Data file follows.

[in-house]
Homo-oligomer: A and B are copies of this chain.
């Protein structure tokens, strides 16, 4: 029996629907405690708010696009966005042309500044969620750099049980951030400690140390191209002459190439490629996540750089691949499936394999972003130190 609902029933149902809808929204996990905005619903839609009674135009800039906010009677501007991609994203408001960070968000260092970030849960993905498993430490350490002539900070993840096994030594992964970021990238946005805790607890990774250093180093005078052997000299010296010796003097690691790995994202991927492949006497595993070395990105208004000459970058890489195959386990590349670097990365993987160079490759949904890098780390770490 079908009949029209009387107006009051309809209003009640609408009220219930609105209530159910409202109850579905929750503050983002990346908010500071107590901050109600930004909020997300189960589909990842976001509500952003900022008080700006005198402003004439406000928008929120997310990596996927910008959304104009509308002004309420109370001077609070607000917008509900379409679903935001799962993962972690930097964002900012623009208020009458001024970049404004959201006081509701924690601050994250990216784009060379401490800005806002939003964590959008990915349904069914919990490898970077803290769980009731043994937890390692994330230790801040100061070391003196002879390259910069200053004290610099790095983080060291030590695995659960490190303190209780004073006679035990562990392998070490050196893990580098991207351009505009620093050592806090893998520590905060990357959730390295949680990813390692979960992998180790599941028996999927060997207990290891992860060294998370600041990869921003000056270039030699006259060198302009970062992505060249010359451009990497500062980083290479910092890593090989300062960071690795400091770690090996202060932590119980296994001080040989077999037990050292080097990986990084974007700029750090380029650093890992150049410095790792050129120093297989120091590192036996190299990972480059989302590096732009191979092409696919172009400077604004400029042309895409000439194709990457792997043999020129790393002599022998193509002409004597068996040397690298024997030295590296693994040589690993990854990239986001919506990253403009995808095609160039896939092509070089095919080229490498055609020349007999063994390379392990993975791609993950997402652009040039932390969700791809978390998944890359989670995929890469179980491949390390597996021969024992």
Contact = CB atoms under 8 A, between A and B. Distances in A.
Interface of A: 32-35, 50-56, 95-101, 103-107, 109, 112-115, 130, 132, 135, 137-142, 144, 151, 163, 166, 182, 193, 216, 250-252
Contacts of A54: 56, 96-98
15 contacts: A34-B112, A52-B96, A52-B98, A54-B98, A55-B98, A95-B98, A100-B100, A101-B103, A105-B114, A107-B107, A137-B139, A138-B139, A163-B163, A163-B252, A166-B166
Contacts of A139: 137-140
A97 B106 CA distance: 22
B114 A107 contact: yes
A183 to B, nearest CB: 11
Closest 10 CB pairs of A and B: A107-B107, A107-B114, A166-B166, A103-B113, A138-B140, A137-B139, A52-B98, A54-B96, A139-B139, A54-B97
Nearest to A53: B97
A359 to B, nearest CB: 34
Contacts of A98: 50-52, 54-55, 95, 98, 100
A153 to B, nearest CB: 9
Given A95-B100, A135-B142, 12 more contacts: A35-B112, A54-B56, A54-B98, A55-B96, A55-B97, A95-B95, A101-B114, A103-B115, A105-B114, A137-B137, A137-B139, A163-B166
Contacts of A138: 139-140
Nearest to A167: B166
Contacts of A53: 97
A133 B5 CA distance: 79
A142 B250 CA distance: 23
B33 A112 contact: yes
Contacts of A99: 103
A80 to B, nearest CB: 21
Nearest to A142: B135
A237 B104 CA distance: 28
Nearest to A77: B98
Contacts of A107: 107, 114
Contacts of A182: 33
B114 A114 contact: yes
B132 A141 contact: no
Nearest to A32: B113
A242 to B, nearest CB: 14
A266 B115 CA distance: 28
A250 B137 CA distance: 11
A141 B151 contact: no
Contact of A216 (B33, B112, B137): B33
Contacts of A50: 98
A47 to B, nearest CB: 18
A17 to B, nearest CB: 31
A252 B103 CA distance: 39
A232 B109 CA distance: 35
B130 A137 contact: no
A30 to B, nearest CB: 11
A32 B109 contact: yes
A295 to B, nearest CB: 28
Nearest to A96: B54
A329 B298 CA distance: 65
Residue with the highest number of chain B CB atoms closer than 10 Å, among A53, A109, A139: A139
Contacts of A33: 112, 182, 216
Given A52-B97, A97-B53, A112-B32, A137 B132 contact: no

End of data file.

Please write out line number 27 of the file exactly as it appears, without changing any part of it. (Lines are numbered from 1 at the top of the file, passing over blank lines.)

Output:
A237 B104 CA distance: 28